According to reports at the International Congress on Drug Therapy in HIV infection, simplifying antiretroviral therapy from a three-drug regimen to a two-drug combination of lamivudine plus the protease inhibitor darunavir boosted by ritonavir can be just as effective in people with suppressed viral loads.
Research from a study in Spain called the "DUAL Study" suggested there are many benefits to a two-drug combination (a boosted protease inhibitor or an integrase inhibiter, taken with lamivudine). One important discovery is that might reduce the risk of cardiovascular disease and kidney problems linked to toxicities associated with the use of a second nucleoside or nucleotide analogue — lamivudine shows to have little side effects.
Additionally, lamivudine seems to mix better with drugs a patient might be taking to treat other conditions, which obviously decreases the risk of problematic drug interactions, reports AidsMap, especially for poz people later in life. Not to mention, lamivudine is less expensive, which means a two-drug combination could save money over time. The reason for that is because lamivudine is also available in a cheaper generic form.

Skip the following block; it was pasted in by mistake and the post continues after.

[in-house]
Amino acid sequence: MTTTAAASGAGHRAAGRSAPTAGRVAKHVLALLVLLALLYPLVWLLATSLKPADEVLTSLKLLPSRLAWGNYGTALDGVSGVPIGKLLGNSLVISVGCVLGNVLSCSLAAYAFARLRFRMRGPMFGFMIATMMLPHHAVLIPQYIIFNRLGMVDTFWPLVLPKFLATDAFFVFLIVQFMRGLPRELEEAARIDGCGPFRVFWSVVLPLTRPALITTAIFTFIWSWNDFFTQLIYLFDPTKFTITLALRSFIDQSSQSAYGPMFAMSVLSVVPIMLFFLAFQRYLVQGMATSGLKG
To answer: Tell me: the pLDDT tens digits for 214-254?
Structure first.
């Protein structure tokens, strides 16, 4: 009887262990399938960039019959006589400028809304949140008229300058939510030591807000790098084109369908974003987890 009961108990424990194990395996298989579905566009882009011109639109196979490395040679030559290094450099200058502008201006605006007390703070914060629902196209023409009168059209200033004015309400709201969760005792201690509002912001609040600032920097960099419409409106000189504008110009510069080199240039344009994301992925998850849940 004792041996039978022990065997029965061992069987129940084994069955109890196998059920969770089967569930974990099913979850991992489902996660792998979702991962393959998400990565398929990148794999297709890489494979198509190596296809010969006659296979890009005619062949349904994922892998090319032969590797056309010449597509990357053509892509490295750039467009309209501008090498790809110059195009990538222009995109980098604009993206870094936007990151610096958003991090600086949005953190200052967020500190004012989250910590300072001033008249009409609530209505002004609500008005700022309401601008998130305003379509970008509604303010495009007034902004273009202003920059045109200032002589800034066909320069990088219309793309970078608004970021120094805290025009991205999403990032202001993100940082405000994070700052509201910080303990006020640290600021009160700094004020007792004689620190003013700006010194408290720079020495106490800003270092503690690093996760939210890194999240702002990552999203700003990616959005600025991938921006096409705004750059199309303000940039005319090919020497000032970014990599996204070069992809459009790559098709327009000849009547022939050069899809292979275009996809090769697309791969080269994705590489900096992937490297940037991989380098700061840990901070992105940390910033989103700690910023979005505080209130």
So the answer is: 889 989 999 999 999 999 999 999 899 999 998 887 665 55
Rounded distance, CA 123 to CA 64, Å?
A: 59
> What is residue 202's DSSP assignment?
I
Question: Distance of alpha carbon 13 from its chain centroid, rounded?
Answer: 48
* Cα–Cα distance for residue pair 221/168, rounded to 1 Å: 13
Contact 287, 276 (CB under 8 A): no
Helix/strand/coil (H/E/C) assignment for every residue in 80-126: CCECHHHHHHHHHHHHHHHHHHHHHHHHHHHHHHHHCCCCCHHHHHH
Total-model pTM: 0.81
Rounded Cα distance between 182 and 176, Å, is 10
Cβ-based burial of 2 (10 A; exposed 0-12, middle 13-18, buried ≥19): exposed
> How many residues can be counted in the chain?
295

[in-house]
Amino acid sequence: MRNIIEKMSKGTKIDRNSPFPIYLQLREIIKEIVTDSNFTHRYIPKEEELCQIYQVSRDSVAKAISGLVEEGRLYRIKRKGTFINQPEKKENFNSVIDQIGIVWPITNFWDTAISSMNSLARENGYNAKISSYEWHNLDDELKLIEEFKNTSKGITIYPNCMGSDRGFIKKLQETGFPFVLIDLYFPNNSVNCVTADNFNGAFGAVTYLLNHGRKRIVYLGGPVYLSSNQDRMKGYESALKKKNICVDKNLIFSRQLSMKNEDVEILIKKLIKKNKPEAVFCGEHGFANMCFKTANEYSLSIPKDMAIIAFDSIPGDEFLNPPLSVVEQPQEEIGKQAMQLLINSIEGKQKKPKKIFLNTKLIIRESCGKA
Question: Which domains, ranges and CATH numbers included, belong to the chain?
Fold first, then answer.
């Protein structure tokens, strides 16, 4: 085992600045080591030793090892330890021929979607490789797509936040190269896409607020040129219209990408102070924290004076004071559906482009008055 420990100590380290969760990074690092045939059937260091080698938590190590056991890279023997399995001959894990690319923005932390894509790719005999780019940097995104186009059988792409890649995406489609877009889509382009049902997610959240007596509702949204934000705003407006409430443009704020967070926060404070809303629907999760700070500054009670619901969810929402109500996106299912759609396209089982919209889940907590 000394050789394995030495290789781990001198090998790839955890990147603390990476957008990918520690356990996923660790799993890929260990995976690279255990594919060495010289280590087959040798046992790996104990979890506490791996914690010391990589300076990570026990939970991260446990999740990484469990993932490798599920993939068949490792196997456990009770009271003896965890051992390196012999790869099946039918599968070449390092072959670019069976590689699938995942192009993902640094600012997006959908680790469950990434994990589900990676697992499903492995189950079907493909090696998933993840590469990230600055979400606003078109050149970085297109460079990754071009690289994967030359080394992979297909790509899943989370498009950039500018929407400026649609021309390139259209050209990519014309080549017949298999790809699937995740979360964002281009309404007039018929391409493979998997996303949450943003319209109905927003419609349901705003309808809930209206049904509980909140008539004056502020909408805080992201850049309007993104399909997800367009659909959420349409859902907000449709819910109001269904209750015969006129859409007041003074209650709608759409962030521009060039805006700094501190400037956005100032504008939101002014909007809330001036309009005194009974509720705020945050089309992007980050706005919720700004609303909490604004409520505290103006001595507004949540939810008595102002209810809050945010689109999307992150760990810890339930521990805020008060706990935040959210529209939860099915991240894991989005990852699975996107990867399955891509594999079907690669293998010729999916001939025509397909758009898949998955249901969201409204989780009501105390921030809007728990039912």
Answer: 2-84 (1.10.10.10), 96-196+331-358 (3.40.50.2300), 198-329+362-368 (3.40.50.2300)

Out of the 249 undetectable HIV-positive participants in the DUAL Study, 75 percent were taking tenofovir/emtricitabine and 25 percent were taking abacavir/lamivudine.
After six months, researchers found that 89 percent of participants on two-drug therapy had a viral load <50 copies/ml, versus 93 percent of the triple-drug regimen. Overall, the difference in more serious adverse effects between two-drug participants and three-drug participants was 0.1 percent (4.8 versus 4.9 percent) — I’d say that’s pretty good, eh?